Tor Control Port / Vidalia [SECURITY]
- (proper) We either should disable or use it.
- (proper) Vidalia can not be used anymore because the Tor-Gateway does not have a desktop and Tor-Workstation may not have access for security reasons. So we could potentially implement some shell scripts to reach Tor Control Port's feature by command line (such as switch identity).
- (anonymous): we can use telnet to communicate with tor. This is secure as long as it's available only on localhost.
- (proper): I agree, telnet to localhost is fine.
- (proper): New idea... Never good to reinvert the wheel. We can simply install Vidalia on the host and configure it to access the Tor-Gateway. Only a new firewall rule and a little configuration needed.
- (proper): It's done.
- (proper): I reopened it. Since we switched from bridged to NAT networking it's broken. Of course this is no reason to switch back to bridged networking. torrc wants to know on which address it shall listen. But the internal (nated) IP inside the Tor-Gateways is now dynamic.
- (anonymous) You can still set a static IP for the T-G and if you only use one NAT Adapter in total it will always be at 10.0.2.15.
- (proper) Thanks, fixed.
Call for Testers: Test the Shell script [SECURITY] [DONE]
(anonymous) Please test TorBOX/ShellScript to set up the transparent Proxy on Tor-Gateway.
(anonymous) Made a lot of improvements to it. It's complete and ready I think. But no one has tested it so far :(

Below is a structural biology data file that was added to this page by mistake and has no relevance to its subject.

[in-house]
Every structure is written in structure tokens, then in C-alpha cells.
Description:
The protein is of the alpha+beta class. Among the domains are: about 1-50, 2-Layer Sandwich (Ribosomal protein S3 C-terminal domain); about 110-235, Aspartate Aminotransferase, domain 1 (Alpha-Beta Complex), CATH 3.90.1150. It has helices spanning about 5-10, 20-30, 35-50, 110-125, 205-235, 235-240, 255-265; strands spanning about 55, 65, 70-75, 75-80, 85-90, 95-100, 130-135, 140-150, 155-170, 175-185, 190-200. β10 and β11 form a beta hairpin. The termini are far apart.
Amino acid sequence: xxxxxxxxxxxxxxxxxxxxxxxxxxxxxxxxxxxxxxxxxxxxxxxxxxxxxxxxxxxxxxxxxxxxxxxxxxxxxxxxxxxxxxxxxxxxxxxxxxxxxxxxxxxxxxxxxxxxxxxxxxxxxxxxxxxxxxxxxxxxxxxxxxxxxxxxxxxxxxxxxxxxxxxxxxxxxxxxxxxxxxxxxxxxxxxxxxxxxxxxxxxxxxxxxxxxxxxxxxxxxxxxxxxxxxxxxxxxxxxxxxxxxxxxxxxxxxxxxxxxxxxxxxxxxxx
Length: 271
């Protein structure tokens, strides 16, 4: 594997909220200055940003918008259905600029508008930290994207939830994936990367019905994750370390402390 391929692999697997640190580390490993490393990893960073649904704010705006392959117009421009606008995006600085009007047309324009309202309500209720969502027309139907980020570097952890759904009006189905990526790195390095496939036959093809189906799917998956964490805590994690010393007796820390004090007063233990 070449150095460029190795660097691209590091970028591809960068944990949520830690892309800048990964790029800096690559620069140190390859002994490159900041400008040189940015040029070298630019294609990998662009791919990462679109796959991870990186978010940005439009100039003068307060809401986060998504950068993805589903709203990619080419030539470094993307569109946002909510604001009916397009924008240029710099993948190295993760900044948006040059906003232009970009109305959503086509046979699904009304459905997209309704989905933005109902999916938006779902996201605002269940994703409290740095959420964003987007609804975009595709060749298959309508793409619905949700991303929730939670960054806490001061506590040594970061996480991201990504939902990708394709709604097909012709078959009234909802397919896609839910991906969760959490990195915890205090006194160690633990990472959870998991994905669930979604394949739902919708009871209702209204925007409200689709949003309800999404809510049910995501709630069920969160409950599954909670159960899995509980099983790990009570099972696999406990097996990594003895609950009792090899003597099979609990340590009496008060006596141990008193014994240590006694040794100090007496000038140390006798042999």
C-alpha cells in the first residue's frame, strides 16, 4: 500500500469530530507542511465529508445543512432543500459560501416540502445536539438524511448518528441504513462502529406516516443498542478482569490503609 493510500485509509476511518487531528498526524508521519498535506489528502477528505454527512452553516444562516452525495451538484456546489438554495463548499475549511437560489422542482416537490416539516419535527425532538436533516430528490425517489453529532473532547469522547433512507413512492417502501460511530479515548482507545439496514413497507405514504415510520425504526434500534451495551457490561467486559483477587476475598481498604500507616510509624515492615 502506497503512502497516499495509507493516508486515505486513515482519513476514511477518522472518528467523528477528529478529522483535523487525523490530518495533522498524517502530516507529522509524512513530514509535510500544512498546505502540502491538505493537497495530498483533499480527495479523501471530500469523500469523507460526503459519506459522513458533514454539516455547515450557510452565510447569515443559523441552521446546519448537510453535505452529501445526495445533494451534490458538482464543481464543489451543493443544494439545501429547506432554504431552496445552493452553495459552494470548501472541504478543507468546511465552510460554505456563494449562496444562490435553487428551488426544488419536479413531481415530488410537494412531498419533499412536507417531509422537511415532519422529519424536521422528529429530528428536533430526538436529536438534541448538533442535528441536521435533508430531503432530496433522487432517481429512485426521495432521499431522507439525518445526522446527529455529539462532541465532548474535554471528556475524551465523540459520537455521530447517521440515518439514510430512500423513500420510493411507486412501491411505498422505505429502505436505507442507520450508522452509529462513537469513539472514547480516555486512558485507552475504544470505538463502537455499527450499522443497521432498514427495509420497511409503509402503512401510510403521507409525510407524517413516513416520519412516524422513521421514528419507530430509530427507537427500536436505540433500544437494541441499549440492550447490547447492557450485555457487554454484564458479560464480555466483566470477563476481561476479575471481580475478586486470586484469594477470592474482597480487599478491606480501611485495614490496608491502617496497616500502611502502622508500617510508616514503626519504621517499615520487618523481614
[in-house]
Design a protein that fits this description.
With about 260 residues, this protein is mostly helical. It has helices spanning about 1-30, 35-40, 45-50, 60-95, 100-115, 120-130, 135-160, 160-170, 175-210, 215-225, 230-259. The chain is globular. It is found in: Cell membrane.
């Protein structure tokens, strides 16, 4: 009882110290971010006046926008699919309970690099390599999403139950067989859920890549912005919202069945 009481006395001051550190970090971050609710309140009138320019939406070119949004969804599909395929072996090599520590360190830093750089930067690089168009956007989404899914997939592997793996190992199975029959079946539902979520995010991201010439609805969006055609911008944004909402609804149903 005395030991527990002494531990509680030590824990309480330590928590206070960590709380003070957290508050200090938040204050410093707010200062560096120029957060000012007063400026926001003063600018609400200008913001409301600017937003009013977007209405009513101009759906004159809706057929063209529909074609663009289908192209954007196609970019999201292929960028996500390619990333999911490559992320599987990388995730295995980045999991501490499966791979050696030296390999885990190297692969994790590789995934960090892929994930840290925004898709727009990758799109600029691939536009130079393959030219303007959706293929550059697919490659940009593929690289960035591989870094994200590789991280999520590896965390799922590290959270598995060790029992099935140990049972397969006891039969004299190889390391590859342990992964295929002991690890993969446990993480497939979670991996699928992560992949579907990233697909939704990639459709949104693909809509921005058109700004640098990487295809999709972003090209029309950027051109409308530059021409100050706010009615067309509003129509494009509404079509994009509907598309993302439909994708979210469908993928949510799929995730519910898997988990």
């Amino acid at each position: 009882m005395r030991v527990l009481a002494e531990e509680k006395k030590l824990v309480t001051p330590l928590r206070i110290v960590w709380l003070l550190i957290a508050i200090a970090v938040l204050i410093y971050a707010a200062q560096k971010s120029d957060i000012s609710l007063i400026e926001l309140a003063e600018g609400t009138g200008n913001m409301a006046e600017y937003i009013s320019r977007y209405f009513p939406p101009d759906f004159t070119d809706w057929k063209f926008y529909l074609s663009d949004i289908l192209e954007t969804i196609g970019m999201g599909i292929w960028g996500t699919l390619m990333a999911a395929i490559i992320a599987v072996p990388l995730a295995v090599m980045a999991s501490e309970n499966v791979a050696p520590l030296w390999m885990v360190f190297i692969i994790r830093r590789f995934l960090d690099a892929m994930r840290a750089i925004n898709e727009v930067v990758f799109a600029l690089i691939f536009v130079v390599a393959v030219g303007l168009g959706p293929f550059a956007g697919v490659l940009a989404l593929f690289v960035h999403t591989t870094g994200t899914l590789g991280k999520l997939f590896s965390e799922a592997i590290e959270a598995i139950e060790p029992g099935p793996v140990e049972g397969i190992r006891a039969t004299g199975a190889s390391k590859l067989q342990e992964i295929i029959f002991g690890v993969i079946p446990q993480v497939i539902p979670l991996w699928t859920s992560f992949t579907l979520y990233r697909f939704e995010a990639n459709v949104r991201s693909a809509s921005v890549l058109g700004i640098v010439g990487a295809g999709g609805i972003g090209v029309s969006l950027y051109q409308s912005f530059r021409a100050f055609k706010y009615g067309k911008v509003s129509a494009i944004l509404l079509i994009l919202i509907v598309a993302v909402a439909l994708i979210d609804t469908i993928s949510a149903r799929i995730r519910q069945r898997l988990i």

- (proper) There three be two reasons for it. 1. Currently in the TorBOX article it's not absolutely clear, what are the technical explanations, and what is essential for "brain off, just copy and paste tutorial" - we should somehow mark clearly, everything the user absolutely has to do - to compare if all those commands are inside the shell script. 2. TorBOX isn't well known, there is a lot of interest in a Tor transparent proxy (VM), as there are loads of related projects and questions everywhere, but who knows TorBOX. 3. trust issues, it's only a wiki and anyone can take your account. If it where on sourceforge or anywhere else, I guess more people would trust it (even if it's questionable, if sourceforge would grant security).
- (anonymous) anything in step 1 to 6 that isn't labeled optional, verify or test is absolutely required. Should we just tag the remaining unlabeled steps as such? I've added a short paragraph to "General", maybe that's enough. Eventually I think everyone should use the shell script and we outsource the manual tor-gateway config steps. Trust is a good argument, I was thinking about that too. people familiar with linux can just quickly read through the script and see what it's doing but those people don't really need the script in the first place. A read-only,verified by someone trusted/reputable version would be nice. We should only look into that once we are comfortable that nothing will have to be changed anytime soon.
(proper) Someone asked me by e-mail and reported, that it's currently not working with VMware. I guess it is because VMware uses different IP addresses. The users is currently not told about this. I redirected him to this resource, let's see if he joins this discussion. Sorry for my false edit in TorBOX/shellscript.
(anonymous) The IP for the internal network is the same. I've expanded the assumption section to include that the external interface needs to be configured already. Maybe the order of eth1/eth0 is reversed. I'm sure if all assumptions are met the script will work in VMware too.
(anonymous) The main how to now depends on the shell script. Someone please double check I didn't miss any steps. Optional: test how it handles failures.
(anonymous) I only tested the script (extensively) on Virtualbox with ubuntu host and ubuntu guest. Would be interesting to hear if it works as well with Windows Host, VMware, Debian Guest (we do make this claim after all).